Labor Secretary Raymond J. Donovan, in an move that could signal the start of a major reorganization of the Labor Department, yesterday downgraded the Employment Standards Administration by naming a deputy undersecretary to head the agency.
ESA, which is responsible for the administration of workers' compensation, wage and hour, and affirmative action laws affecting federal contractors, had been staffed at the higher, assistant secretary level in recent administrations.
The new appointee is Robert Burns Collyer, 48, a lobbyist for the Washington-based Unemployment Benefits Advisers, Inc., an organization representing management interests in unemployment compensation and related matters.
Though ESA's agency head status has been downgraded, Earl G. Cox, Donovan's spokesman, insisted yesterday that the move "does not, in any way, suggest a deemphasis or dismantling of the ESA's final programs.
"In the case of some Labor Department appointments, we are maintaining flexibility in case there is a need for a reorganization," Cox said. "As we do so, we are reviewing the overall department structure and keeping management options fluid," he said.
Cox added: "Appointing a deputy undersecretary rather than an assistant secretary to head the Employment Standards Administration suggest there could be some restructuring of this organization in the future."
Still, Donovan's actions yesterday seem consistent with Reagan transition team suggestions last January that ESA and several other agencies be downgraded indepartmental standing.
Reagan transition team sources said then that the then-incoming administration was considering farming out ESA responsiblities, such as the agency's workers compensation programs, to the assistant secretary of the Labor Management Services Administation. Sources said civil rights compliance activities, now vested in ESA's Office of Federal Contract Compliance Programs, would become the direct responsibility of the labor secretary under a new arrangement.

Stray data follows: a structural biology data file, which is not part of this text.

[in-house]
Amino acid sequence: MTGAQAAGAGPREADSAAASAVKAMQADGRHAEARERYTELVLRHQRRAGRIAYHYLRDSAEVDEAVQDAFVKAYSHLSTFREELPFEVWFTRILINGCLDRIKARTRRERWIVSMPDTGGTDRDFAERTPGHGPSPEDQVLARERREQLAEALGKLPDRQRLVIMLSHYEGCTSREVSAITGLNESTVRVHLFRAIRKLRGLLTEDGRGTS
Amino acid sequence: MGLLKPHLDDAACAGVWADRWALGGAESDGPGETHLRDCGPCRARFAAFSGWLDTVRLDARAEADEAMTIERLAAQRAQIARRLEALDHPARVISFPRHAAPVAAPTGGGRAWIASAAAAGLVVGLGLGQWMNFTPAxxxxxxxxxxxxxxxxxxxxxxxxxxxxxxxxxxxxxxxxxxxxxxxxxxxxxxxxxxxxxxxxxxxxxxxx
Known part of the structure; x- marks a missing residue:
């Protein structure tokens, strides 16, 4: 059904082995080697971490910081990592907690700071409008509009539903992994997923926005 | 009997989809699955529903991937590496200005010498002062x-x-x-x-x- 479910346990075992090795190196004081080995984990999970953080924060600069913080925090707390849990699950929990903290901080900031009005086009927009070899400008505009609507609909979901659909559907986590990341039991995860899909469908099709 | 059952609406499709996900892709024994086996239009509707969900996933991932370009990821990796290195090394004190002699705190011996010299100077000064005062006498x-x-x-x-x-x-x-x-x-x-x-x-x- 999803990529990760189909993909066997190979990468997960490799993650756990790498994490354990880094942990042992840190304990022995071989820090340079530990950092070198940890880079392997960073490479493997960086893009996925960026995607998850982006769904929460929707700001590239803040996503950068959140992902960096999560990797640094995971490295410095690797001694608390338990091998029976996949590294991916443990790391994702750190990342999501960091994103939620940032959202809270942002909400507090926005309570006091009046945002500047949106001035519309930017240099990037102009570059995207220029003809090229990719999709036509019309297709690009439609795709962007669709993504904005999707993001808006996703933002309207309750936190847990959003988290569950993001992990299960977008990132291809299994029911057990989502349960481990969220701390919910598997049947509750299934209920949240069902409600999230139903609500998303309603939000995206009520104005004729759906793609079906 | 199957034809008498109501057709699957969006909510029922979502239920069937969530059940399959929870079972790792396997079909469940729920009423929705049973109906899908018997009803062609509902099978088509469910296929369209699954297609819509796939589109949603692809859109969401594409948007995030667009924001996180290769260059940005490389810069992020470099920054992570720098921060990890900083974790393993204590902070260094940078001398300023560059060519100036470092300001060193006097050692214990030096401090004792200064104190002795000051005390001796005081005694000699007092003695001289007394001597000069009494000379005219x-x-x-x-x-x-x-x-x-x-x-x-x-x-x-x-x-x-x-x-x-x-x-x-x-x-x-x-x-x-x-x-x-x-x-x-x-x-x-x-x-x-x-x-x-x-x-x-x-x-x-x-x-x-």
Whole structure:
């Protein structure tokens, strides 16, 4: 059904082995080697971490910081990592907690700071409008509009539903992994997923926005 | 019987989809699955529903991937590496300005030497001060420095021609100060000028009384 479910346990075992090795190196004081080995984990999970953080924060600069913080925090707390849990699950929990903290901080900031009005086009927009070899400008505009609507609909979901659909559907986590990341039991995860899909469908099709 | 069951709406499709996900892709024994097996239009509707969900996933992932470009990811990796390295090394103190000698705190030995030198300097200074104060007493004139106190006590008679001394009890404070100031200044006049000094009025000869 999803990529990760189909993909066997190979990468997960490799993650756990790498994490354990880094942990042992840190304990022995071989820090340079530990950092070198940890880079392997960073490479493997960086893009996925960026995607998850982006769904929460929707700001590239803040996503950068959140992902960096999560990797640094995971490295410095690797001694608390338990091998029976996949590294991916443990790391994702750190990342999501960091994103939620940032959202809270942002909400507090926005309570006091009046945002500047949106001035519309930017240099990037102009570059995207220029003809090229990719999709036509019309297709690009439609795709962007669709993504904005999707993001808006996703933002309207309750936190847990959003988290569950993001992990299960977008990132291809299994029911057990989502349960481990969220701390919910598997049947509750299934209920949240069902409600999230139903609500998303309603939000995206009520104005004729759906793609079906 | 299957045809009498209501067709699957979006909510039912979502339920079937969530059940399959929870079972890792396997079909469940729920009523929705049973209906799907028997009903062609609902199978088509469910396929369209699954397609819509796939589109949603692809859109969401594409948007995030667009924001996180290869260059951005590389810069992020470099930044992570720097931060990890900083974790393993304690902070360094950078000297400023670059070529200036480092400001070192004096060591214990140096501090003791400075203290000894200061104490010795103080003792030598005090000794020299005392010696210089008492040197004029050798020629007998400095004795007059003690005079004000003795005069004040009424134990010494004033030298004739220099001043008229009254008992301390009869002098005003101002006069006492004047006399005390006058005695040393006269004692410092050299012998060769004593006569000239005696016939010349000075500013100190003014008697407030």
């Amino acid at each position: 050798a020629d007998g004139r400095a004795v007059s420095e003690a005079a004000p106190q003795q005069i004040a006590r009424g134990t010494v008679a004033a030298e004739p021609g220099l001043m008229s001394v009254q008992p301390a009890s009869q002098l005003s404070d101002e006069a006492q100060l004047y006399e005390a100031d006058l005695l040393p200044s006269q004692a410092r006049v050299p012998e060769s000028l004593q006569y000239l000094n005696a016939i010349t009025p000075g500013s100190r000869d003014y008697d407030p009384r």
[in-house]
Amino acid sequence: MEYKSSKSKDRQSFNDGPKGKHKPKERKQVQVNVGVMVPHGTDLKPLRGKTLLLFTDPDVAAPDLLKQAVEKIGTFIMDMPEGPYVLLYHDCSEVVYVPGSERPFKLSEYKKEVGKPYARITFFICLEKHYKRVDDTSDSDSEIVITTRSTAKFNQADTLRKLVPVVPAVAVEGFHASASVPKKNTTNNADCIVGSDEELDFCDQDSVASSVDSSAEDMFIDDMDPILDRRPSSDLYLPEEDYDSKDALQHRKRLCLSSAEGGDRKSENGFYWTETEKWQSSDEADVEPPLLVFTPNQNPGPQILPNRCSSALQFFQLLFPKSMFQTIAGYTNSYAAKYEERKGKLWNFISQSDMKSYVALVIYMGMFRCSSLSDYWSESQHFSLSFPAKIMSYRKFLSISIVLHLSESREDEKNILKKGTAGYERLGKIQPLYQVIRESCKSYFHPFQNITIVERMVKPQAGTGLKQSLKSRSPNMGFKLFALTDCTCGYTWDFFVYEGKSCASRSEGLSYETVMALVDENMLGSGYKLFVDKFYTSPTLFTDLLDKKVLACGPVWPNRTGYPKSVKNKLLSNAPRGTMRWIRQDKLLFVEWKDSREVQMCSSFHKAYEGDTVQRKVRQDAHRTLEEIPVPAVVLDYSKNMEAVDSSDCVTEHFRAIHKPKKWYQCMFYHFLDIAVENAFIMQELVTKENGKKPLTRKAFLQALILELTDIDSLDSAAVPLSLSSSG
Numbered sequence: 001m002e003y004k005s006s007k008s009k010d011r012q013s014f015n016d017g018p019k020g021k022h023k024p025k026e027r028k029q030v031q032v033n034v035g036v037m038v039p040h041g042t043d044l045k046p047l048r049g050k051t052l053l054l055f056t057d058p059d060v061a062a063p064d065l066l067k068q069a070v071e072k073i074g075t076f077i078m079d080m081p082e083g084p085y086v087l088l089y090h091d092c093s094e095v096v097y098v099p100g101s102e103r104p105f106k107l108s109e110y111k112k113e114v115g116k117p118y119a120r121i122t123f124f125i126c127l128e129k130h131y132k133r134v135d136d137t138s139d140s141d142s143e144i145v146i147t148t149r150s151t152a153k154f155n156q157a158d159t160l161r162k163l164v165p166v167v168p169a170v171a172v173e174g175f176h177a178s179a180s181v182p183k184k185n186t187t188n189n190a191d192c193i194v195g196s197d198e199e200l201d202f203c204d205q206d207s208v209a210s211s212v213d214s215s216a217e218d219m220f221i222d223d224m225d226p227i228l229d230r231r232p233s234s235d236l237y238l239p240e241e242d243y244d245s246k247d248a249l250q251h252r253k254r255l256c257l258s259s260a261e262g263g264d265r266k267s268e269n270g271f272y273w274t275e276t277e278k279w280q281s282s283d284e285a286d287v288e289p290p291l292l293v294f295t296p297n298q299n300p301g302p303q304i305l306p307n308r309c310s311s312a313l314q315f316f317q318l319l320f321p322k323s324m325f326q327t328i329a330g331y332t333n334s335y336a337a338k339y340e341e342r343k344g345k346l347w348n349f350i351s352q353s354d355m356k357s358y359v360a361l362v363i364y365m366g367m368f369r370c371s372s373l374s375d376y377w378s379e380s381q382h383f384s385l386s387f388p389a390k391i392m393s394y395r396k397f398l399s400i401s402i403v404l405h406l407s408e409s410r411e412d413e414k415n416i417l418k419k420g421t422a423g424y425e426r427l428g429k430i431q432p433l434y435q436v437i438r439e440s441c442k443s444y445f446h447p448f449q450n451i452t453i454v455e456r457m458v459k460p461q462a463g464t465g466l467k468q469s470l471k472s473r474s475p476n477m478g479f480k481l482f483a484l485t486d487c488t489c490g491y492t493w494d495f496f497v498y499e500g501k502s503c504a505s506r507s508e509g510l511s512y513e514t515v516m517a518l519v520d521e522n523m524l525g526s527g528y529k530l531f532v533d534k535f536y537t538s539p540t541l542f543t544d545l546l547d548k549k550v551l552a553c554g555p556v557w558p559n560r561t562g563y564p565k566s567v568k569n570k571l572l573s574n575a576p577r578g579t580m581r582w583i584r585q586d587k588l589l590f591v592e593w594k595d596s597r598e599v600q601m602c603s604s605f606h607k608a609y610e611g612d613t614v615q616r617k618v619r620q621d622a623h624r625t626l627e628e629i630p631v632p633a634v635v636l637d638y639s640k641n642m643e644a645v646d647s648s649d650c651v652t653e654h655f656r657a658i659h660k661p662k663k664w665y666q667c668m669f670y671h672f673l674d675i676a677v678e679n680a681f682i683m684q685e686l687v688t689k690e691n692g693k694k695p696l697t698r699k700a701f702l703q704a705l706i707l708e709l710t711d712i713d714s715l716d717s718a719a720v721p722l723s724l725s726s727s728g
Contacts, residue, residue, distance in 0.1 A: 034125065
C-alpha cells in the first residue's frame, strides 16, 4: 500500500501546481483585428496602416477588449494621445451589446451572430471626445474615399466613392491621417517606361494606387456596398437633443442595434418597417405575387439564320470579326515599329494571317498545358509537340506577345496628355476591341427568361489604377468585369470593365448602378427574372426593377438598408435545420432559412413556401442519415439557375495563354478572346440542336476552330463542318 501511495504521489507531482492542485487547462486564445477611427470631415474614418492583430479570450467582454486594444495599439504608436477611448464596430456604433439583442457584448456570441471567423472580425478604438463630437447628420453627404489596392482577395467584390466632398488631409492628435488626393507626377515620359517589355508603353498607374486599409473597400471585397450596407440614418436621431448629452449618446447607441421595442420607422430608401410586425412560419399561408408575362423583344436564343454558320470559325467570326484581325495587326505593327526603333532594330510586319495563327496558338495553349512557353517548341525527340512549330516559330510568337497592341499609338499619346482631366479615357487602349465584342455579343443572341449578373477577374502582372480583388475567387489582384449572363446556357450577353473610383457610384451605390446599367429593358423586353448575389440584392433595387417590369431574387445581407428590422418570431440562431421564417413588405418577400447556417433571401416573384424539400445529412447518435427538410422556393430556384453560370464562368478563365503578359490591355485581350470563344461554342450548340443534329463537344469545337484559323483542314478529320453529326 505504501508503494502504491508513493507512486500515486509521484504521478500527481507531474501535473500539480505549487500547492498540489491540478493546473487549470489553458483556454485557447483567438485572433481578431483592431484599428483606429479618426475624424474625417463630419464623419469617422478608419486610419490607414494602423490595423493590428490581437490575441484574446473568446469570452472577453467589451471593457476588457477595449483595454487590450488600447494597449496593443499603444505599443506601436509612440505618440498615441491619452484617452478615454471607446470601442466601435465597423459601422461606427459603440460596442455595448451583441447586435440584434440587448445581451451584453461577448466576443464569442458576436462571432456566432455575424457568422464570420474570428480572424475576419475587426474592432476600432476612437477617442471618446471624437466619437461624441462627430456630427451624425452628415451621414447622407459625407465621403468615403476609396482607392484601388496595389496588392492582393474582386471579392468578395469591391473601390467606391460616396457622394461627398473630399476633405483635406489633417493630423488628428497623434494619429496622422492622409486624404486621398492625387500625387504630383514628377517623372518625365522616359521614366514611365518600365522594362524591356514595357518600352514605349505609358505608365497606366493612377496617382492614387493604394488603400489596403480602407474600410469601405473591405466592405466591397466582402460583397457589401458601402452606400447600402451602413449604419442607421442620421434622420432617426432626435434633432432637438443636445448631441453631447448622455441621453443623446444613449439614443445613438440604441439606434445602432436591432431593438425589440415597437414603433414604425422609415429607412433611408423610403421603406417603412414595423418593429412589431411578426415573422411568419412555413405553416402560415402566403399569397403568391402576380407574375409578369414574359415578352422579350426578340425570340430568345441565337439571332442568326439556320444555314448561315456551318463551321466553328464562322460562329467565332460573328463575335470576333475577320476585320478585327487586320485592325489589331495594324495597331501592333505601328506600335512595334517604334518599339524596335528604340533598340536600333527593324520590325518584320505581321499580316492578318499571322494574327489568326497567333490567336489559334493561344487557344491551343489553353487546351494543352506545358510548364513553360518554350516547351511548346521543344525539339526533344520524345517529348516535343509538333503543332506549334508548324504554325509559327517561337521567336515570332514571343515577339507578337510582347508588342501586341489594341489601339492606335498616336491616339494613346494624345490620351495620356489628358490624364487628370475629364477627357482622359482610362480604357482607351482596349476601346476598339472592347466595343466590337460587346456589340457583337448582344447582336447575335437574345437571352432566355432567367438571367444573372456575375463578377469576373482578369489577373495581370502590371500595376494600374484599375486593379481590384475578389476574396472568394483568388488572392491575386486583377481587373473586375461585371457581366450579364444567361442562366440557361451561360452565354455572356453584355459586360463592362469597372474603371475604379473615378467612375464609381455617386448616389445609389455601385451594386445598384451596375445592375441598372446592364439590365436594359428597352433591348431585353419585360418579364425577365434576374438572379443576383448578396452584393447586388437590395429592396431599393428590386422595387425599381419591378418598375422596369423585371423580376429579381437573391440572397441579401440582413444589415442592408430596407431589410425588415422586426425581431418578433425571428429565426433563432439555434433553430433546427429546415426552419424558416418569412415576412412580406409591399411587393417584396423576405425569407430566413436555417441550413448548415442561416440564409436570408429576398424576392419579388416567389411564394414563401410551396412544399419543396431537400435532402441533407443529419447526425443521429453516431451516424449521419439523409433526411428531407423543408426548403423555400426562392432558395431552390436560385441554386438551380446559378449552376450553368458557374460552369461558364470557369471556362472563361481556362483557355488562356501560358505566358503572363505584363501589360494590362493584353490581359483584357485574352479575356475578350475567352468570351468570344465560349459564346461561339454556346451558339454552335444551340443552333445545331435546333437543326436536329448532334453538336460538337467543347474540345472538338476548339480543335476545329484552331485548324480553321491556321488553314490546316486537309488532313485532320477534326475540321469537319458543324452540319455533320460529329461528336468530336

However, other sources inside the Labor Department discounted the notion that Donovan would take direct control of OFCCP, on the ground the agency is too controversial and could prove politically embarrassing in a hot dispute over women/minority hiring. "It would be like placing a ticking bomb underneath his bed," one source said.
Donovan himself has not publicly discussed his plans for OFCCP. For example, in a recent interview, he would only say: "I can honestly tell you that I have not addressed myself to that problem."
There have also been suggestions the Donovan had planned to downgrade or dismantle the office of the Assistant Secretary for Policy Evaluation and Review (ASPER), the Labor Department's research arm, used especially in economic planning matters.
However, Donovan dismissed those suggestions in an interview. "As a matter of fact, it is my personal opinion that ASPER has been under-appreciated and under-utilized," he said during a meeting with reporters last February.